“I haven’t completely understood what my design style is,” said Farah Al-Khoury, junior architect at RSP in Dubai. “But I think design requires research and being critical and responsive. It requires figuring out what the most appropriate solution is – whether that’s a response to culture, context, history or nature. Architecture is the tool that creates an interface between people and the environment.”
Born in Iraq, Al-Khoury’s family moved to Dubai when she was a child. Involved in the arts since an early age, Al-Khoury attributes the environment she surrounded herself with for sparking her creative interests.
An avid drawer, she’s long spent her time with artists, storytellers and performers. Upon graduating from AUS in 2016, Al-Khoury joined RSP almost immediately. Some of Al-Khoury’s work in the time since includes a 30-metre “sculpture-billboard” and a medical retreat in Dubai.
“RSP has provided me with the opportunity to convey my ideas. I got involved with the design team, where my voice was heard and considered. Thanks to the open environment there, I’ve been able to work on a range of commercial, residential and institutional projects. Some were definitely eye-opening.”
An artist at heart, she notes Diller Scofidio + Renfro’s Blur project in Switzerland, and Christo and Jeanne-Claude’s Floating Piers as inspiring. Very much drawn to projects that approach architecture via an abstract, or even surrealist lens, Al-Khoury has an eye for the unconventional.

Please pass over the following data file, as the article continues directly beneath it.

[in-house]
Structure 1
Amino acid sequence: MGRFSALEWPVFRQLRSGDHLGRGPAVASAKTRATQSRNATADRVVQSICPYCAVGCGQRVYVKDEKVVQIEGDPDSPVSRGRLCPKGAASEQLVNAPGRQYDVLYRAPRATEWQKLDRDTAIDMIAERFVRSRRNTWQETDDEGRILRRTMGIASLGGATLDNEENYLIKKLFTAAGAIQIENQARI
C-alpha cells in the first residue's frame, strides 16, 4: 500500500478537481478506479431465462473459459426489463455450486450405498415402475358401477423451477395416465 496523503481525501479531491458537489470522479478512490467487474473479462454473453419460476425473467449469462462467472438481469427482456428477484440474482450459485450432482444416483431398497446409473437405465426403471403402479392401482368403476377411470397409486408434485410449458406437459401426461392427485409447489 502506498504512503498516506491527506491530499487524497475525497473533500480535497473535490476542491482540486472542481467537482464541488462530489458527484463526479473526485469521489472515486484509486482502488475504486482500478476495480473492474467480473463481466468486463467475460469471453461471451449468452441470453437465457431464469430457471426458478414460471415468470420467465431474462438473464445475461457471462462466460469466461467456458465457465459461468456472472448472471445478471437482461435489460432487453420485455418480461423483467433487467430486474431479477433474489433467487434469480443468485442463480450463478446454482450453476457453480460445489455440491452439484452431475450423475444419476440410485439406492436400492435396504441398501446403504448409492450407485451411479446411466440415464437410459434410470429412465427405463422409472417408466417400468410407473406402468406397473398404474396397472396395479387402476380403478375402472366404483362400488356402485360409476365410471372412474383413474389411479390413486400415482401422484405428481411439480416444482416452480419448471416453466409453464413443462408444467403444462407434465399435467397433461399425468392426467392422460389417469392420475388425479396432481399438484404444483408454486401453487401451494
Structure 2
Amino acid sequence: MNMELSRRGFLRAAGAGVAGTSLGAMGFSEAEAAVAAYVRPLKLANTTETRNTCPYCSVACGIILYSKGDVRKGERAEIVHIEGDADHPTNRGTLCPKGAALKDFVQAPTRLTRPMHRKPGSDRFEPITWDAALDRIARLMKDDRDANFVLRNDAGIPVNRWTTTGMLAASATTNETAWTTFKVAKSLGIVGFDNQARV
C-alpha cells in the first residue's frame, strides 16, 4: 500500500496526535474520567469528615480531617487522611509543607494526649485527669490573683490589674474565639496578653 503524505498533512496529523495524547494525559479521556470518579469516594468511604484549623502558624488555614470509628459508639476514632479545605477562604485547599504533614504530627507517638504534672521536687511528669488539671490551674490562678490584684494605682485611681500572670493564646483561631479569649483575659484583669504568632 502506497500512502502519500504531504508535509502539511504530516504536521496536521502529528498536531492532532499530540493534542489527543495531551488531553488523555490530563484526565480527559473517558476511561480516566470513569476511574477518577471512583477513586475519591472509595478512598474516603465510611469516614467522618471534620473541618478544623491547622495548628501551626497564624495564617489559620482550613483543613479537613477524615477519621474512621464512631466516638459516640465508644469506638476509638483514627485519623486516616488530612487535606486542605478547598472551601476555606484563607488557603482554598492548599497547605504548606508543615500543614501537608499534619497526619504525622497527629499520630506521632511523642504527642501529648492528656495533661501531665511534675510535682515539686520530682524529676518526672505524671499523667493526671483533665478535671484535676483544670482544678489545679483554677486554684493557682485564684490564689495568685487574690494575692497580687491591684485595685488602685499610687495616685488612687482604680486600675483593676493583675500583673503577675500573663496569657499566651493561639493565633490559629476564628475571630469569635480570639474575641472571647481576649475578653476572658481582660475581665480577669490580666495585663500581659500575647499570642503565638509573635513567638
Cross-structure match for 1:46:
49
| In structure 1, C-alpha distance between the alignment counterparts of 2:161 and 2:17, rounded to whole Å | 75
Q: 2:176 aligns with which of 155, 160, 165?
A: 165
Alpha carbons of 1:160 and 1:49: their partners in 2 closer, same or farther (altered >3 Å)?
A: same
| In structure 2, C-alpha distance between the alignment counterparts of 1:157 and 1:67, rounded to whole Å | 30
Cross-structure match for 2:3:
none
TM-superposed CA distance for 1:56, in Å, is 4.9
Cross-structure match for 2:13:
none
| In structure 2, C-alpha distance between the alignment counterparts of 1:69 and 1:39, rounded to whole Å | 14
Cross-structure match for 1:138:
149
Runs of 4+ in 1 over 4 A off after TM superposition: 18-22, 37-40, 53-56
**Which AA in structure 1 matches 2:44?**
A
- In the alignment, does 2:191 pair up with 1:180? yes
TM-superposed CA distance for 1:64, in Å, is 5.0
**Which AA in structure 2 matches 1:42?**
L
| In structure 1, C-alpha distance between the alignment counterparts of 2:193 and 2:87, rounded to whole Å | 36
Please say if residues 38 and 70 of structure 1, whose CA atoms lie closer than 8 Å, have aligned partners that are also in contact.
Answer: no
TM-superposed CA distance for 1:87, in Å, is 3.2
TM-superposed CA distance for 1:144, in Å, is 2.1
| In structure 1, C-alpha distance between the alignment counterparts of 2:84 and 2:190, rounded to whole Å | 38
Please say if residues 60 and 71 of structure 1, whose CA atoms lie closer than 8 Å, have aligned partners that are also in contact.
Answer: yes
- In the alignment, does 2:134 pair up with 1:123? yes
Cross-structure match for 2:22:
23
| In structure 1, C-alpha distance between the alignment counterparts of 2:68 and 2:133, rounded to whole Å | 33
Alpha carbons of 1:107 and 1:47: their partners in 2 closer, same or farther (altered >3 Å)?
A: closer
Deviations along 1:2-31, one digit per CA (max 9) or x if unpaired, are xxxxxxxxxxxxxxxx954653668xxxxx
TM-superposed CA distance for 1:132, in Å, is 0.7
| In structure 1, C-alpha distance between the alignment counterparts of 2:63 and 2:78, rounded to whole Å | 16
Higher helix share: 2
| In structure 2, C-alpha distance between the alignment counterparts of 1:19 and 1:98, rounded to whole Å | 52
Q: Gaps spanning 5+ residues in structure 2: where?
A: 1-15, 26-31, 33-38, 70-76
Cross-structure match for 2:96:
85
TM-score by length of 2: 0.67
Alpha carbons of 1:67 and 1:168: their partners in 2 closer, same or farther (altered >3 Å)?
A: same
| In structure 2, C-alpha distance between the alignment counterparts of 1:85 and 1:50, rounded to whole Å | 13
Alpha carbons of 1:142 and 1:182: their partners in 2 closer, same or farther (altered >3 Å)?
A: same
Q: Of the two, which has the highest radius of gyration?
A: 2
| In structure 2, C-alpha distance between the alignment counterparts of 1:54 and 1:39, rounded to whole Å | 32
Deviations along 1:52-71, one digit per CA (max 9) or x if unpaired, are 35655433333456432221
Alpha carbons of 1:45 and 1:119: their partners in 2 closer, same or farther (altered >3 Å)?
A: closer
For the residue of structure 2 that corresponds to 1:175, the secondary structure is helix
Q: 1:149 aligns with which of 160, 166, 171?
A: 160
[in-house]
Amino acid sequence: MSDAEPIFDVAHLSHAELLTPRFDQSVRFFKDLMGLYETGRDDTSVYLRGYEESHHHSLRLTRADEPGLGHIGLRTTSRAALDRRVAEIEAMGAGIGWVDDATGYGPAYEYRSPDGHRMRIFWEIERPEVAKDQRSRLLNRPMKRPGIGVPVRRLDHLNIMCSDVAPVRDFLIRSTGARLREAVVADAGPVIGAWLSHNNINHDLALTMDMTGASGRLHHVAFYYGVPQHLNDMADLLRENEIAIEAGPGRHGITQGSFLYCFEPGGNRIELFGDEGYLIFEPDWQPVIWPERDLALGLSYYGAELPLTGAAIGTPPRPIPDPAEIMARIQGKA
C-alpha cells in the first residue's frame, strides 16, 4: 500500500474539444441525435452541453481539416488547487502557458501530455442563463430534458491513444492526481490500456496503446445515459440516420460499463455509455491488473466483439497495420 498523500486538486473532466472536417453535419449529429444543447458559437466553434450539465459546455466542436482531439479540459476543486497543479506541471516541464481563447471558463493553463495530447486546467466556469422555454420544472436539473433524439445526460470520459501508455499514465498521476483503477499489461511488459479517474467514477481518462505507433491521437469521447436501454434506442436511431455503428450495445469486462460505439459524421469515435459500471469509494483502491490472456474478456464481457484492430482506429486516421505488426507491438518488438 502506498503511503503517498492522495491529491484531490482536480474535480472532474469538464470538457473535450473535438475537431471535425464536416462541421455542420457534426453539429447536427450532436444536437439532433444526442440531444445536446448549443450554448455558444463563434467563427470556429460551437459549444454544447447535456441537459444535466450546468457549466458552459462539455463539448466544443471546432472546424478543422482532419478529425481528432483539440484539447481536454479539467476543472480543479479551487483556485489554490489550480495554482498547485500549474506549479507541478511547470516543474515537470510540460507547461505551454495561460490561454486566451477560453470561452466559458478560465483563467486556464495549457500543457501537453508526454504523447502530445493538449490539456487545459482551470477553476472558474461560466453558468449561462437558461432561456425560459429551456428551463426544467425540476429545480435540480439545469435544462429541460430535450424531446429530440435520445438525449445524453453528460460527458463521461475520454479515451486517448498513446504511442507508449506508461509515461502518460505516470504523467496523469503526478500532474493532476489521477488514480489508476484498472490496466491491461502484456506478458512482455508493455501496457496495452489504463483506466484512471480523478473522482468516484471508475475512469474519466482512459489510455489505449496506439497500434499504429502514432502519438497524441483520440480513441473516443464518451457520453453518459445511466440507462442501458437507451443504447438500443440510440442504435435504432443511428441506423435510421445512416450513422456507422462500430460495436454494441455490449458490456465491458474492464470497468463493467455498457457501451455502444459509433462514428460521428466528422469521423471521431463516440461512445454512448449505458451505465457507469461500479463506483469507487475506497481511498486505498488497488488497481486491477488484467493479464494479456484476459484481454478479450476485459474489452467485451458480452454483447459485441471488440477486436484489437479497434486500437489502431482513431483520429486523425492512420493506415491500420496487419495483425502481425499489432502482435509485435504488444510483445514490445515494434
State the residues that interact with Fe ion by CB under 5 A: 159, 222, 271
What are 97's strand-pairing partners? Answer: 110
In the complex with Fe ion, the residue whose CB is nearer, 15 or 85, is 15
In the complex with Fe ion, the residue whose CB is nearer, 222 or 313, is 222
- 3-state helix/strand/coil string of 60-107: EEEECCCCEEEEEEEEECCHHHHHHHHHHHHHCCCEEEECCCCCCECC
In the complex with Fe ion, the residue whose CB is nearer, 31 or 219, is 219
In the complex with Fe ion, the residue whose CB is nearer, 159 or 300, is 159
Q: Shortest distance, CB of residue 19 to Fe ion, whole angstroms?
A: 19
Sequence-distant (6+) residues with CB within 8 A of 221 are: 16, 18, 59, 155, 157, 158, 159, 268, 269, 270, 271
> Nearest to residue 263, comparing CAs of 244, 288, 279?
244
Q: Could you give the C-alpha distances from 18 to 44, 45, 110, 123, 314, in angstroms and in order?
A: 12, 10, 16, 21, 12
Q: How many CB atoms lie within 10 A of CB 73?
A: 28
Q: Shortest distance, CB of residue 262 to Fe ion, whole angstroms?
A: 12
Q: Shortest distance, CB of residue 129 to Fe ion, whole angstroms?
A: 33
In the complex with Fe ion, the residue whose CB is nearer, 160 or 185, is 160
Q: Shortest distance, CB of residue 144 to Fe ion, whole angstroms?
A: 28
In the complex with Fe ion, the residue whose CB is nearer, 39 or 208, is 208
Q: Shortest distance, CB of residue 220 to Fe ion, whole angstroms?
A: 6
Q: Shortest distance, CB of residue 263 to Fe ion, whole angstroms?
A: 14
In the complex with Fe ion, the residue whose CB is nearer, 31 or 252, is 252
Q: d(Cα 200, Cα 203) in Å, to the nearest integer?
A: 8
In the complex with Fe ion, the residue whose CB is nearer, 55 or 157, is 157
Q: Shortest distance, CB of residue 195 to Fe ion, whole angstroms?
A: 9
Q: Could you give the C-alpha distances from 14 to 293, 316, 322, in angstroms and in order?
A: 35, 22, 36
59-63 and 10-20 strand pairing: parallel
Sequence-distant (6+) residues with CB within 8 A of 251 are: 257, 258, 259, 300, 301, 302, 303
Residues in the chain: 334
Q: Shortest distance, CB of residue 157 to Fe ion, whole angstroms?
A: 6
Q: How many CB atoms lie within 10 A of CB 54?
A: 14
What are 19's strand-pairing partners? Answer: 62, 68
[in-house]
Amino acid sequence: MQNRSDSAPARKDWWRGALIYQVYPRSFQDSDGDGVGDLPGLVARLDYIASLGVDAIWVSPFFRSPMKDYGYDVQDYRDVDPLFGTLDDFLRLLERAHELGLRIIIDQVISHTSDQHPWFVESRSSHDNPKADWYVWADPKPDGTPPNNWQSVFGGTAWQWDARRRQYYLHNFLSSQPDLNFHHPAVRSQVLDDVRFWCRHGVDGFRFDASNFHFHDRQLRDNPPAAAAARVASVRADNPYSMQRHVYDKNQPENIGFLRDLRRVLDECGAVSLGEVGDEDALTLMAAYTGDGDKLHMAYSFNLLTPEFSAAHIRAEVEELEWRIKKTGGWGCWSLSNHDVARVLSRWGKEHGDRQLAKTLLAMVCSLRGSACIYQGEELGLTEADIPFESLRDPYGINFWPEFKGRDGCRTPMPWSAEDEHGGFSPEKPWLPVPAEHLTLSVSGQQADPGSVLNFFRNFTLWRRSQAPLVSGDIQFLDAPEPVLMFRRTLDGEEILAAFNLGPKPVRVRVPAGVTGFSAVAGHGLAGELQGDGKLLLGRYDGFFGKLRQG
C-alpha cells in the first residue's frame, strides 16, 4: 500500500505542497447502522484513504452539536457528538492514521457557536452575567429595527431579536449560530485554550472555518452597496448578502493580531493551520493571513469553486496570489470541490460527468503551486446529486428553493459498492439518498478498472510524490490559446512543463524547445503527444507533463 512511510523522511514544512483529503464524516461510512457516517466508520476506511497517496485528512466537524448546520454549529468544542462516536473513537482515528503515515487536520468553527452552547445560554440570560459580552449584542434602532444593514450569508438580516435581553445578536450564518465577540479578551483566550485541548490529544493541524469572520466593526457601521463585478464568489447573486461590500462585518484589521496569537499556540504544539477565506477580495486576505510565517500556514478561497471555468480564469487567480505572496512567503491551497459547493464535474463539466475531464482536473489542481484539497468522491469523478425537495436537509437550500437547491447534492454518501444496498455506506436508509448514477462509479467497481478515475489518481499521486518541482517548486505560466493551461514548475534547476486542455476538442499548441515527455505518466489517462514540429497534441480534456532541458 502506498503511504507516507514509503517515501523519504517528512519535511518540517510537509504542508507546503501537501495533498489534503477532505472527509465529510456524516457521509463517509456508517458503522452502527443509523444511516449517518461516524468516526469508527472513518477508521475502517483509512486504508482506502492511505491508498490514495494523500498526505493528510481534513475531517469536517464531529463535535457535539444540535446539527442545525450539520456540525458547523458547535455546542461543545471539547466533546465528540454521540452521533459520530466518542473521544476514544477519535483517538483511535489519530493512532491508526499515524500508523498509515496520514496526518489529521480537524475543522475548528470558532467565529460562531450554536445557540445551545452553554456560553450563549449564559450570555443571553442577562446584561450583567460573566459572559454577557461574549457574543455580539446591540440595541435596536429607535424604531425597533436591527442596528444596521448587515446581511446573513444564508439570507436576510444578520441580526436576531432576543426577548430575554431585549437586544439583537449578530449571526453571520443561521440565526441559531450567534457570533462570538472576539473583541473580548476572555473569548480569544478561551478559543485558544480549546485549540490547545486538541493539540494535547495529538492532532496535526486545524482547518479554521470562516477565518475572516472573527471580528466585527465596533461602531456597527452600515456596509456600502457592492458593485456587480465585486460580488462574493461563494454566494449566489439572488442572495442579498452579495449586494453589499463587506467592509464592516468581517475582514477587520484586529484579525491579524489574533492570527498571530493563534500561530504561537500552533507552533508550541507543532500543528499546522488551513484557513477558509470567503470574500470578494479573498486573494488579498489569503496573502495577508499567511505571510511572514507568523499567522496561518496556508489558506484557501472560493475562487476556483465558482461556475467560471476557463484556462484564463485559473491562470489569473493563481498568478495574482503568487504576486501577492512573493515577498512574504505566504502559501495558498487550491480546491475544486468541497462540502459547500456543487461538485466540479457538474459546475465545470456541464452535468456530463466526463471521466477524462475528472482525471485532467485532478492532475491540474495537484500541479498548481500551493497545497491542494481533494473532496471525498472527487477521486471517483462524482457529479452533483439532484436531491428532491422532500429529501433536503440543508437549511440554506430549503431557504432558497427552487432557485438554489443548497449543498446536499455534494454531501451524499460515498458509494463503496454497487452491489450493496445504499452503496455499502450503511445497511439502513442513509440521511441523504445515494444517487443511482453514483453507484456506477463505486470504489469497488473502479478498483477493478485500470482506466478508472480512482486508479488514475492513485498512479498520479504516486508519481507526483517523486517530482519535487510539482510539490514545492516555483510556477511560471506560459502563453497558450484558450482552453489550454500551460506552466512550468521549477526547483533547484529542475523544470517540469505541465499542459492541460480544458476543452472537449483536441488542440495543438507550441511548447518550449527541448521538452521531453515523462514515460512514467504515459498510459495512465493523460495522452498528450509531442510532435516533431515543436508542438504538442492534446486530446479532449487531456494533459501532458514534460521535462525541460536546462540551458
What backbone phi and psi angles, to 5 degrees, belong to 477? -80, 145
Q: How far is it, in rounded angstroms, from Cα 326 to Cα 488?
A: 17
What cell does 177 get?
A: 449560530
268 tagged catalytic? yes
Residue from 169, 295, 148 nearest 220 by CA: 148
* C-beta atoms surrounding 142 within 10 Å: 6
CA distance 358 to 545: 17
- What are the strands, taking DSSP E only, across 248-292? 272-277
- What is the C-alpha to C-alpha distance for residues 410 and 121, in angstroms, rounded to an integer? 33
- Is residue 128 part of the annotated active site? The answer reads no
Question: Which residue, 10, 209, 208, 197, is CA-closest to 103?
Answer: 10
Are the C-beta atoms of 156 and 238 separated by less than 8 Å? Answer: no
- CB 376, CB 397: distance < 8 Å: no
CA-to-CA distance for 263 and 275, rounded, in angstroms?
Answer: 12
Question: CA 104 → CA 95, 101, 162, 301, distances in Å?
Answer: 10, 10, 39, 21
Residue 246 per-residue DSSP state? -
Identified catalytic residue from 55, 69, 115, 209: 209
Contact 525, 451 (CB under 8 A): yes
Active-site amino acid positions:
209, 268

“I also appreciate it when architecture is thought of from an anthropological perspective,” she added. “Meaning it deals with looking at architecture as an artefact to record and study the evolution of society, and the evolution of human behaviour. This is one of the ideas Toyo Ito had conveyed when he said, ‘Architecture is the proof of the existence of human beings’.”
In addition to her RSP projects, Al-Khoury continues to participate in work that isn’t necessarily architectural. “I was recently a part of a project that included an international group of six creatives from Italy called Floating Mountains,” she said.
“It dealt with landscape and was mostly performance art. I think these kind of projects help nurture a different perspective toward architecture.”